The Turkish lira made an overnight come back on Monday as President Recep Tayyip Erdoğan revealed a new financial mechanism to shore up the currency.
The fresh measures come in the wake of rising prices and exchange rates as the government pursues its "new economic model," which emphasizes opposition to high interest.
Erdoğan said the new instrument would allow potential investors in foreign currencies to get the same results while sticking to the lira.
On Tuesday morning, the lira-dollar exchange rate dropped to 11.23 as of 9:30 a.m. local time (6:30 a.m. GMT), gaining almost 40% against the dollar since Monday evening.
The U.S. dollar and euro both tumbled more than 33% late Monday after Erdoğan unveiled the plan that he said would guarantee local currency deposits against market fluctuations.
Timothy Ash, a senior emerging-market strategist at London-based BlueBay Asset Management, also commented on the "insane" comeback.
"Absolutely insane day in Turkish FX today. Is there time for it to get to Robin Brooks' 9.50 fair value yet? Don't think I have ever seen such intraday FX volatility ever in my 30-plus year career," Ash said.
Analysts explained that following Erdoğan's speech, banks unloaded large amounts of foreign exchange reserves, which brought about a sharp decline in exchange rates, adding that the new financial products and incentives – the details of which are expected to be announced today – will support the balance of the exchange rate.
According to the analysts, the volatility in the shares of companies with foreign exchange liabilities, dividends and companies operating in the insurance sector may increase. They also drew attention to the high volatility of futures due to investors' foreign exchange stances.
The government has argued that the surge in exchange rates ignored Turkey's strong economic fundamentals and blamed high prices on hoarders and global factors. The benefits of Turkey's new approach will become clear in the next three to six months, according to Erdoğan.
"Investors will be encouraged to move toward Turkish lira-based assets by the issuance of government bills that are indexed to public economic enterprise revenues that are transferred to the budget," he explained.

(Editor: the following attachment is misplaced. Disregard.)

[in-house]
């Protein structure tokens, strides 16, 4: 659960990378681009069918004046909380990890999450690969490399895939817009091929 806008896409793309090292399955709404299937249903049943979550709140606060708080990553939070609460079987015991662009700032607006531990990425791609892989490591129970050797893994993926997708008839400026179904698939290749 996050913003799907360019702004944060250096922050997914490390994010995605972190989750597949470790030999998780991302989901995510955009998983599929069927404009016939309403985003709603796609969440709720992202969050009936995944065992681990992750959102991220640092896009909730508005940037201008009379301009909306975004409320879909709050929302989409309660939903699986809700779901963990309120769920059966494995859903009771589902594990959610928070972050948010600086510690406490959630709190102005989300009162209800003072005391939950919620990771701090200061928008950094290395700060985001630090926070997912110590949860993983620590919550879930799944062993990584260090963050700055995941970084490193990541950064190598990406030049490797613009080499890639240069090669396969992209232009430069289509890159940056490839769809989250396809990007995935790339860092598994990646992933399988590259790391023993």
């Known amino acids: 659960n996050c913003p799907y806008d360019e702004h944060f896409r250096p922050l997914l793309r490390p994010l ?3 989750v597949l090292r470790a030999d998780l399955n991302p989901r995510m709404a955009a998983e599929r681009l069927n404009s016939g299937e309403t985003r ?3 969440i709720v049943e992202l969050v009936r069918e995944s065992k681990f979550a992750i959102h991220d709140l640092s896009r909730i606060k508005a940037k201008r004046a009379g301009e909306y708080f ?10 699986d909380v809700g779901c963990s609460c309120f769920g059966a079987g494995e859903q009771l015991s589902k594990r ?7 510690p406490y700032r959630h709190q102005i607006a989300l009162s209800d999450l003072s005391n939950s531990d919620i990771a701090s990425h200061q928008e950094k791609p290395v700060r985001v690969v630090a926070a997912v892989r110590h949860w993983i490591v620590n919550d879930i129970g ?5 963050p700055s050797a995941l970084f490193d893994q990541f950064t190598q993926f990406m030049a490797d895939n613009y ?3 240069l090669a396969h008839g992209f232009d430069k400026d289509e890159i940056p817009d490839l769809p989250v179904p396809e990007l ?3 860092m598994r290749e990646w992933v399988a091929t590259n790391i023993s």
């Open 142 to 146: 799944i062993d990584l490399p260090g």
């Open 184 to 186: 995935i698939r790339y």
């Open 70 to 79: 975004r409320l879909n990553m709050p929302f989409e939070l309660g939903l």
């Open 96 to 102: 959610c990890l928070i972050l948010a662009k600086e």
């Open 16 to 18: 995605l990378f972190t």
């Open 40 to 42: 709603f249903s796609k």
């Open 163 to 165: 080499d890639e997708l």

The Turkish economy with its many dynamics has often dealt surprises, with the latest remarkable developments unfolding since Monday.
In a speech late Monday, Erdoğan said: "Turkey will no longer be a country dependent on imports."
Speaking at a press conference after a Cabinet meeting at the Presidential Complex in Ankara, the president underlined that Turkey is adamant on its new economic model that prioritizes lower interest rates, high employment numbers and more investments.
Erdoğan emphasized that Turkey is committed to the free market economy; however, he did not elaborate on how the government would fund the potentially expensive and inflationary initiative.
"Turkey neither has any intention nor need to step back from the free market economy and exchange regime," he said.
Recently, Erdoğan stated that he lowered Turkey's inflation to 4% before and pledged to do it again, as the country grappled with 21% inflation and soaring prices amid the lira's fall against the dollar.
Speaking at an event attended by African youth on Saturday, Erdoğan said the new policy model based on low-interest rates was part of an "economic independence war," which he said was continuing successfully.
"Sooner or later, just as we lowered inflation all the way to 4% when I came to power, we will lower it again, we will make it fall again," Erdoğan said.
"God willing, inflation will begin falling soon."
Inflation fell to around 4% in 2011, before beginning to gradually edge upward from 2017. It jumped 3.5% in November to 21.3% annually.
On Thursday, Erdoğan announced a 50% increase in the minimum wage that is widely expected to boost overall consumer price inflation by 3.5 to 10 percentage points.
The lira hit a record low beyond 17 against the U.S. dollar on Friday following fears of an inflationary spiral brought on by the new policy. At the low, the lira had lost some 55% of its value this year, including 37% in the last 30 days.
Erdoğan reiterated his view that interest rates cause inflation, adding he will not let Turks "be crushed" under interest rates.
Turkey has been pursuing a new economic model based on lower interest rates, which Erdoğan said will boost production, jobs, exports and growth.
Erdoğan has repeatedly defended the low-rate policy over the last three weeks as necessary to boost growth, exports and credit. The government, regulators and the banking association have all rallied around the new economic policy.
The president has called for "patience" and argued that his approach would ultimately make Turkey less dependent on outside factors such as the scale of foreign investment and the price of commodity goods.
While developments regarding the pandemic continue to be the determining factor in stock markets, the World Economic Forum (WEF) recently announced that it postponed its annual Davos conference, scheduled for Jan. 17-21 next year, until the summer of 2022 due to the rapid spread of the omicron variant. The Netherlands also went into closure on Dec. 19 as part of pandemic measures and will remain so until mid-January next year.
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